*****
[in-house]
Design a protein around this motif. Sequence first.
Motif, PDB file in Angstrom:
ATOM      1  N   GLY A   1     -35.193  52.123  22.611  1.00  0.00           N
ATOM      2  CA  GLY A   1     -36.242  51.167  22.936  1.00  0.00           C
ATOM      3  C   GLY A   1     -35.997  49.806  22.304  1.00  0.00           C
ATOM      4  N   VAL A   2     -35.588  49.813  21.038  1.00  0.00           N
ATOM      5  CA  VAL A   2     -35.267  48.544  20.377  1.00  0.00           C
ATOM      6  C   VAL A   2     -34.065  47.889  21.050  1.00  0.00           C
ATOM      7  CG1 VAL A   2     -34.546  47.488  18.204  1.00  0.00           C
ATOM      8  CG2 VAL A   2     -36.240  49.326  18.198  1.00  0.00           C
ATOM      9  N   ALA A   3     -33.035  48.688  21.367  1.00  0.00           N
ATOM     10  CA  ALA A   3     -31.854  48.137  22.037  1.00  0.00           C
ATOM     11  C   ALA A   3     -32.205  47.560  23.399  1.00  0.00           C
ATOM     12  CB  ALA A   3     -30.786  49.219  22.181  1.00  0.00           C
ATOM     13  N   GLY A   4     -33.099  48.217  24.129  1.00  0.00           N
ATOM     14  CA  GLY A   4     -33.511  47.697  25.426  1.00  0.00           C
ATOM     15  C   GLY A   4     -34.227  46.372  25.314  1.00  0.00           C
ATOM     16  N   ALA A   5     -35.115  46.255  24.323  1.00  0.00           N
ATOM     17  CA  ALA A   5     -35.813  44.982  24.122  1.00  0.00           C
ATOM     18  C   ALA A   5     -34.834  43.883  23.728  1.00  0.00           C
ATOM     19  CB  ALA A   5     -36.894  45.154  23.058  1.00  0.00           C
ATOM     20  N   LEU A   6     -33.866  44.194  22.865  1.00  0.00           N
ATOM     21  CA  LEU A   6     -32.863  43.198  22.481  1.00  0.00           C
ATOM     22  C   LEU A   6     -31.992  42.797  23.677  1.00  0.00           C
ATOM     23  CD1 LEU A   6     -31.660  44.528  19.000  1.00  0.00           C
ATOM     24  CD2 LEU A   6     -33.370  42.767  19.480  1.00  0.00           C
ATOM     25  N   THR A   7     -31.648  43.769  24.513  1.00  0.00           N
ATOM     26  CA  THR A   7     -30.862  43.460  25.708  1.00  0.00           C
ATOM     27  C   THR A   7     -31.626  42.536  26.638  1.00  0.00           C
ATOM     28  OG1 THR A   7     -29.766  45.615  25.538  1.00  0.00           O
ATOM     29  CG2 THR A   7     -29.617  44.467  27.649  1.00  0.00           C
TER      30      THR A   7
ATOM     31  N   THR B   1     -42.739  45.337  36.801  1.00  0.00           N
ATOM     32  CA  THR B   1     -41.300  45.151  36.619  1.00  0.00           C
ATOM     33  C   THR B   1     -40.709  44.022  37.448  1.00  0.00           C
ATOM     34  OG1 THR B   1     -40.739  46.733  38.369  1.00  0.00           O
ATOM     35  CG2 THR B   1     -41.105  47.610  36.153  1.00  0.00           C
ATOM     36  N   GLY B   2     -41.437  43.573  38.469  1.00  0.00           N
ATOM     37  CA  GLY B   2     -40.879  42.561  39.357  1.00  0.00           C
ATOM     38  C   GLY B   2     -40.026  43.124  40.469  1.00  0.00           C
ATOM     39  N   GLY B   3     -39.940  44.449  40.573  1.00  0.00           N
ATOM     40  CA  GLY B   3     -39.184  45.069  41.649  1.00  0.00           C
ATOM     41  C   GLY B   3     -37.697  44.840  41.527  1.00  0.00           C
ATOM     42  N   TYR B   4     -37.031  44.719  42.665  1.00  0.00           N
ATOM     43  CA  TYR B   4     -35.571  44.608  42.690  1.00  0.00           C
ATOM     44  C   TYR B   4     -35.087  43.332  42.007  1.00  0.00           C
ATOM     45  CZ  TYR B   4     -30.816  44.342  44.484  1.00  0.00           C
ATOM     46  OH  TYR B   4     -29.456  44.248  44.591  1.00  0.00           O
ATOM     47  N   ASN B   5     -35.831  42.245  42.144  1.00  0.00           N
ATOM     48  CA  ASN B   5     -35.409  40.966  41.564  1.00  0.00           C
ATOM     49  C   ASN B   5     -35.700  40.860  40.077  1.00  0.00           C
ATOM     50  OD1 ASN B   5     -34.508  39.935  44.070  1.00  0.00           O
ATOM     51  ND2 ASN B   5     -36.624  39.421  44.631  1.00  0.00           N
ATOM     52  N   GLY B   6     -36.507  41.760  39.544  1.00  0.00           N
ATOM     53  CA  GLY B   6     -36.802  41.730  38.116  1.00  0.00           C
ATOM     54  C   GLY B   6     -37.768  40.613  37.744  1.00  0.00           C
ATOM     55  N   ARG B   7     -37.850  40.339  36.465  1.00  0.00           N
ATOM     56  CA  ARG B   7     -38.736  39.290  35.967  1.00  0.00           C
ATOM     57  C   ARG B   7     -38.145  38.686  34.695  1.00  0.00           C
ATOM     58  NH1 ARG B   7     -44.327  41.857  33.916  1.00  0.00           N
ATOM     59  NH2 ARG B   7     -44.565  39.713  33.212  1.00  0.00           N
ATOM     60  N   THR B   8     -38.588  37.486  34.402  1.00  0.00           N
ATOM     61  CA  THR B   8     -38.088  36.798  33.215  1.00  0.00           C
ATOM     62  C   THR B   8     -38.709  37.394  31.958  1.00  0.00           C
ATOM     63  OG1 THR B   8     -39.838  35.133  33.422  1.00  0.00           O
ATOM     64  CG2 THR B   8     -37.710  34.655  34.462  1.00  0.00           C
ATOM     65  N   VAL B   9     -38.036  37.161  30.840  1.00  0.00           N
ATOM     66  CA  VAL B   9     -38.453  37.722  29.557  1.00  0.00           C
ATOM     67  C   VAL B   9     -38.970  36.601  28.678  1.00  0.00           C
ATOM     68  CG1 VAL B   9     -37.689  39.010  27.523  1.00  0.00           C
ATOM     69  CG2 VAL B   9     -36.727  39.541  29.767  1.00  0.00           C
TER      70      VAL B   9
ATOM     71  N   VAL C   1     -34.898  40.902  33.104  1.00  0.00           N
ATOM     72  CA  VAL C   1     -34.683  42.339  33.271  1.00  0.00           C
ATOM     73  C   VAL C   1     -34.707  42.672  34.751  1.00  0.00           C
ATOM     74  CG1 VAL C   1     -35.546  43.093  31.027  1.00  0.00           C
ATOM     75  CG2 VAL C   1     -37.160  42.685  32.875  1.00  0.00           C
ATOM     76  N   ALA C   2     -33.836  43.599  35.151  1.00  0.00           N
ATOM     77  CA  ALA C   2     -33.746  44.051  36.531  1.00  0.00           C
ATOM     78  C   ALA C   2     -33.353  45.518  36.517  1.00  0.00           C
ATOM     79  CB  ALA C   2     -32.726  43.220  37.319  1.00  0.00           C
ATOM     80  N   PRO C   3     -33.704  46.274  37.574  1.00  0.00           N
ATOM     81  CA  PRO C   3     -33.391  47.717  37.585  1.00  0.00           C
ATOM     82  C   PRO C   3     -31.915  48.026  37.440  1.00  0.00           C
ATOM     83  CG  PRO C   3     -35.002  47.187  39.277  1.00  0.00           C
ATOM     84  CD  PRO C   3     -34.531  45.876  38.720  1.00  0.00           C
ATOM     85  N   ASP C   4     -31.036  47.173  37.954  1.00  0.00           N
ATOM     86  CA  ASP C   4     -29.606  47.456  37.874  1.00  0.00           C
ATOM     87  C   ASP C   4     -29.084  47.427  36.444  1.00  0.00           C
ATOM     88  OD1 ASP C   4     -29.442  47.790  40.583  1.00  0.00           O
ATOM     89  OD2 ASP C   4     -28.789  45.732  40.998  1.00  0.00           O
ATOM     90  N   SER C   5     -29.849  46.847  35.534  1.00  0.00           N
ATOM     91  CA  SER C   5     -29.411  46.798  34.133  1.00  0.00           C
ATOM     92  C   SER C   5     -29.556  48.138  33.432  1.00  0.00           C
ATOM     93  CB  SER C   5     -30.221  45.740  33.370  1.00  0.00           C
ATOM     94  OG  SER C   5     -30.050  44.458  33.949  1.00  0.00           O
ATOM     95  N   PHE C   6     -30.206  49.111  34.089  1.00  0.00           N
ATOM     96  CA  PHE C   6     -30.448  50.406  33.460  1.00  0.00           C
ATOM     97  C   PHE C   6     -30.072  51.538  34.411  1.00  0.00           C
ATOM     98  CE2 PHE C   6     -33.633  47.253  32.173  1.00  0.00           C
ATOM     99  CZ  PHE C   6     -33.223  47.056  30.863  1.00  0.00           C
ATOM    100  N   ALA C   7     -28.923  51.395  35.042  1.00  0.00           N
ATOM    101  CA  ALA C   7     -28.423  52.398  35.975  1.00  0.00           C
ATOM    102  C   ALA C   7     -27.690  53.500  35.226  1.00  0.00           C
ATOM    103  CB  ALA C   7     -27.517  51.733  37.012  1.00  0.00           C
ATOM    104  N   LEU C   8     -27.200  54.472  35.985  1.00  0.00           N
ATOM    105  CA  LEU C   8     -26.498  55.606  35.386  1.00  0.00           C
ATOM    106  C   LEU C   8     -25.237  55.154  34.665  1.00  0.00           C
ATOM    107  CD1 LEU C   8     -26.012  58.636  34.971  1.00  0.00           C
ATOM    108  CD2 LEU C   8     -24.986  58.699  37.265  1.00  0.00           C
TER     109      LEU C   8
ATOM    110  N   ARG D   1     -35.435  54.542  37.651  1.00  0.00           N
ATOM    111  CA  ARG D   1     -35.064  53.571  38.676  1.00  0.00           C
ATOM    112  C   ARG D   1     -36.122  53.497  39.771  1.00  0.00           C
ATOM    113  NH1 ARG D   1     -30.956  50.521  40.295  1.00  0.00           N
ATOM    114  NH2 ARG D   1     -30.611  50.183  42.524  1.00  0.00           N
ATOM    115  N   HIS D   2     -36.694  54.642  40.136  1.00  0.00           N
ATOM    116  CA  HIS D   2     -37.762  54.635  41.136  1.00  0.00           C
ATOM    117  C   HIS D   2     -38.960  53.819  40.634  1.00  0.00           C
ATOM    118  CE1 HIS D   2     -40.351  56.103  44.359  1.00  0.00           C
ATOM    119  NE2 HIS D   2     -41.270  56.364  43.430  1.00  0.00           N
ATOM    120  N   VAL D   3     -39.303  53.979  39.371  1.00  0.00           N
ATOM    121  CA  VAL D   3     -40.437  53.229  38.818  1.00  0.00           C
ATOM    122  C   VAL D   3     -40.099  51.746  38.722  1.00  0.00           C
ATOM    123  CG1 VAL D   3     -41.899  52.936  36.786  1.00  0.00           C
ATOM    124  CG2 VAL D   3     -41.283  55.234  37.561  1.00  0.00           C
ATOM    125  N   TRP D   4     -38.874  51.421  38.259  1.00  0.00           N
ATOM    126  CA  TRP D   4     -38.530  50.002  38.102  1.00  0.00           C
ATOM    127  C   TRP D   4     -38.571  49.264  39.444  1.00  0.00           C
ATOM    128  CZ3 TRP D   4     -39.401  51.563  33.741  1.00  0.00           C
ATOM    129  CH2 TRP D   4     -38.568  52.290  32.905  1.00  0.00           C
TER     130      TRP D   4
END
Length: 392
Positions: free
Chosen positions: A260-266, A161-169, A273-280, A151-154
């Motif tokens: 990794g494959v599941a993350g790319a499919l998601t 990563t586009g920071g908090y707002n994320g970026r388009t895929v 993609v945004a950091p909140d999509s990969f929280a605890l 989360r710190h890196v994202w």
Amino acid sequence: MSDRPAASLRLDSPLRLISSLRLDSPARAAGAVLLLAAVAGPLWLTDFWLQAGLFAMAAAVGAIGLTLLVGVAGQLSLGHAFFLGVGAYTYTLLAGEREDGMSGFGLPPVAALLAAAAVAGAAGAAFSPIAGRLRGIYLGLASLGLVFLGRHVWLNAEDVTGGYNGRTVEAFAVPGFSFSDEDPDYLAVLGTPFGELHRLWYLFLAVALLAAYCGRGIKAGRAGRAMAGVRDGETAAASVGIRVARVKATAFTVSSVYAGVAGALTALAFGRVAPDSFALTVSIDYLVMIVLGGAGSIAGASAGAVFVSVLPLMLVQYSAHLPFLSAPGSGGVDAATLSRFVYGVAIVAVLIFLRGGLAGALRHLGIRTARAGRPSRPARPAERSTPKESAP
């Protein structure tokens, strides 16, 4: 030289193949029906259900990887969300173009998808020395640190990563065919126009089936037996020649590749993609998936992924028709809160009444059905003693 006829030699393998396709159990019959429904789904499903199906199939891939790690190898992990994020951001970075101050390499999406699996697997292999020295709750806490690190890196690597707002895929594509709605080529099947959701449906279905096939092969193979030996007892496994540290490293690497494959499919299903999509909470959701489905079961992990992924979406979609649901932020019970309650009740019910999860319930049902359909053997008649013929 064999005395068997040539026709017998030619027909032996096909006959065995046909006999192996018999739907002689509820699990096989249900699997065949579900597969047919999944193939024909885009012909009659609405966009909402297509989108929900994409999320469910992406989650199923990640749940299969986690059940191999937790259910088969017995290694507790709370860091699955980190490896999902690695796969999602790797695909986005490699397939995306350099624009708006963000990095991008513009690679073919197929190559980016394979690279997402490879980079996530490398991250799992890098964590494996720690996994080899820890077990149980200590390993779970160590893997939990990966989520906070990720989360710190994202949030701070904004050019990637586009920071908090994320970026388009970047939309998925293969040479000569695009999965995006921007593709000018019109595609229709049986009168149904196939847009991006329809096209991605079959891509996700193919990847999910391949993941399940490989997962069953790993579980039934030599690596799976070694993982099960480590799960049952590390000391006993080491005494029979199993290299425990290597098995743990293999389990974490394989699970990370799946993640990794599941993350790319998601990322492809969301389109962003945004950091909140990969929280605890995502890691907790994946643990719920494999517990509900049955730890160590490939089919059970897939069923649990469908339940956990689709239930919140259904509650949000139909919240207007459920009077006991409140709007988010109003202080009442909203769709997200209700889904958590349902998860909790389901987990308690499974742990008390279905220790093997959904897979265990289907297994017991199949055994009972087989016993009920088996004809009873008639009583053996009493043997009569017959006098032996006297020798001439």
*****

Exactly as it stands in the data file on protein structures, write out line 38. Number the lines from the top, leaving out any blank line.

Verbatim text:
ATOM     35  CG2 THR B   1     -41.105  47.610  36.153  1.00  0.00           C